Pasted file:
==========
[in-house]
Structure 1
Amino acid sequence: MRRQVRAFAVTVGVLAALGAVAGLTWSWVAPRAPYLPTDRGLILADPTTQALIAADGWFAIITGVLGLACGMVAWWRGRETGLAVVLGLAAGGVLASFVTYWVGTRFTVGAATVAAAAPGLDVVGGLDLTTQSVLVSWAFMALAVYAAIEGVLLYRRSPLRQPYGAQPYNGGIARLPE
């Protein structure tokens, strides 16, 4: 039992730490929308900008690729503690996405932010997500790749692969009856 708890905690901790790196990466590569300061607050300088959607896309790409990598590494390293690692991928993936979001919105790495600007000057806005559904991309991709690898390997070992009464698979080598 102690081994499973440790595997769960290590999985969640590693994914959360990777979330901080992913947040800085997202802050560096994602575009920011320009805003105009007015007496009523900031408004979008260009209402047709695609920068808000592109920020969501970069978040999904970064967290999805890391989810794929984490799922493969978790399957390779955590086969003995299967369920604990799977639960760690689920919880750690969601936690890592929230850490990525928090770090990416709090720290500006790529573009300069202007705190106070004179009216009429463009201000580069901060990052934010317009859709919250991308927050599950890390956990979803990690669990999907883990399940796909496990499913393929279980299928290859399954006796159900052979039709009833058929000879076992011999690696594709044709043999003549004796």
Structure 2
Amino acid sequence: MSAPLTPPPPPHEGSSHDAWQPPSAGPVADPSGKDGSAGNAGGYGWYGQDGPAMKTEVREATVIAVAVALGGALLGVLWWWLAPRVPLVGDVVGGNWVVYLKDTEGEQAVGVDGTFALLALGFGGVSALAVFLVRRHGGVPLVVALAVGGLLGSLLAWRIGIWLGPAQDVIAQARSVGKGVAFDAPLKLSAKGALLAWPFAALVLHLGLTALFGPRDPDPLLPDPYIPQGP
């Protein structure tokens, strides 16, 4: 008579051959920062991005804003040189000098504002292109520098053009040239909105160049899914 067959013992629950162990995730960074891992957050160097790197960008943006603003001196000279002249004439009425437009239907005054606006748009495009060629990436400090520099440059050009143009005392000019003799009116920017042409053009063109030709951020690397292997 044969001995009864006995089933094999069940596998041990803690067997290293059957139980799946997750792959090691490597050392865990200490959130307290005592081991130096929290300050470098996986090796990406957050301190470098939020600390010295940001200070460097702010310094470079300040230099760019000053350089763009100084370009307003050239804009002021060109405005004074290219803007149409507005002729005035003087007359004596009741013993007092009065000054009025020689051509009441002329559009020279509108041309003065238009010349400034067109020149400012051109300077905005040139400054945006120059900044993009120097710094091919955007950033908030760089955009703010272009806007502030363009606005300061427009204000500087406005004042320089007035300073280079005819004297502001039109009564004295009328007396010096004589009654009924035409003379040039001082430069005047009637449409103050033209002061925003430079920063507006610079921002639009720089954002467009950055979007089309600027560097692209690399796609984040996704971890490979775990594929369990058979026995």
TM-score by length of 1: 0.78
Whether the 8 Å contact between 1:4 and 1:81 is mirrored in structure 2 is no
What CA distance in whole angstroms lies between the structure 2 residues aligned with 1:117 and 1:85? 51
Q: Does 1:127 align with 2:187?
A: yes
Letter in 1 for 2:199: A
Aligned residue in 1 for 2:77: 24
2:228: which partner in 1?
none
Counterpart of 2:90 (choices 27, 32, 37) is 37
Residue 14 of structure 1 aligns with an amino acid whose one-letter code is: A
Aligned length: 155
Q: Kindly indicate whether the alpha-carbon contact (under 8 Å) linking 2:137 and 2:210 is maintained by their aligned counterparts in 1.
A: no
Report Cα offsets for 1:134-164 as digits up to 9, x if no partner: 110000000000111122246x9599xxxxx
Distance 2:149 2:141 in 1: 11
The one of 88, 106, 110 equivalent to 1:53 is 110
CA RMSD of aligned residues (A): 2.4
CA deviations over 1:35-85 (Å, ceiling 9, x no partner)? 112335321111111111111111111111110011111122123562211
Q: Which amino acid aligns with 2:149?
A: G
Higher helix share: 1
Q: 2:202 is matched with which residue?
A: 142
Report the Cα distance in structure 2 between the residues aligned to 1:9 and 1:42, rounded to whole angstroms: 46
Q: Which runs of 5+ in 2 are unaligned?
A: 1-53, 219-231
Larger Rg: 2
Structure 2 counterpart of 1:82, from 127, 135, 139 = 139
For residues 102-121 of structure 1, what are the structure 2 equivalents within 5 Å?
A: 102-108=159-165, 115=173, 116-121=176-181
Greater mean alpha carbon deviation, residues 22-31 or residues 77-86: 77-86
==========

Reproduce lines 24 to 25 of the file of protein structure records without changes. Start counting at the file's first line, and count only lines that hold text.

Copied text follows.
The one of 88, 106, 110 equivalent to 1:53 is 110
CA RMSD of aligned residues (A): 2.4